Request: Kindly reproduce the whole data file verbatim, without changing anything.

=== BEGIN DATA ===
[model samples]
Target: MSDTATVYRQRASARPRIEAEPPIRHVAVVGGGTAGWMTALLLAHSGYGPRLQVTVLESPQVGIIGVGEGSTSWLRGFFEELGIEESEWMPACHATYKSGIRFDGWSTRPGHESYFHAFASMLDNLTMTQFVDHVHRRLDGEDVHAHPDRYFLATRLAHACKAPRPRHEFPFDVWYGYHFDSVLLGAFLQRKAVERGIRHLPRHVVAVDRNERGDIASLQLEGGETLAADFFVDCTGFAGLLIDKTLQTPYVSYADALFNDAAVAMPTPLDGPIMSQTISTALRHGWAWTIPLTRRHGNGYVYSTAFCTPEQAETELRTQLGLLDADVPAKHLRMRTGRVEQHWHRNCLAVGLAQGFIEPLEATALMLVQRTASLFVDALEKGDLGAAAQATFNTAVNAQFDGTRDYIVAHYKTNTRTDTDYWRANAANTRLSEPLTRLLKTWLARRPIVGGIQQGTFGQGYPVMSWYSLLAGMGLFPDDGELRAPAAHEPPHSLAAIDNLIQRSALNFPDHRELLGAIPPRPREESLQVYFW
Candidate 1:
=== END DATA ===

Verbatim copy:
[model samples]
Target: MSDTATVYRQRASARPRIEAEPPIRHVAVVGGGTAGWMTALLLAHSGYGPRLQVTVLESPQVGIIGVGEGSTSWLRGFFEELGIEESEWMPACHATYKSGIRFDGWSTRPGHESYFHAFASMLDNLTMTQFVDHVHRRLDGEDVHAHPDRYFLATRLAHACKAPRPRHEFPFDVWYGYHFDSVLLGAFLQRKAVERGIRHLPRHVVAVDRNERGDIASLQLEGGETLAADFFVDCTGFAGLLIDKTLQTPYVSYADALFNDAAVAMPTPLDGPIMSQTISTALRHGWAWTIPLTRRHGNGYVYSTAFCTPEQAETELRTQLGLLDADVPAKHLRMRTGRVEQHWHRNCLAVGLAQGFIEPLEATALMLVQRTASLFVDALEKGDLGAAAQATFNTAVNAQFDGTRDYIVAHYKTNTRTDTDYWRANAANTRLSEPLTRLLKTWLARRPIVGGIQQGTFGQGYPVMSWYSLLAGMGLFPDDGELRAPAAHEPPHSLAAIDNLIQRSALNFPDHRELLGAIPPRPREESLQVYFW
Candidate 1: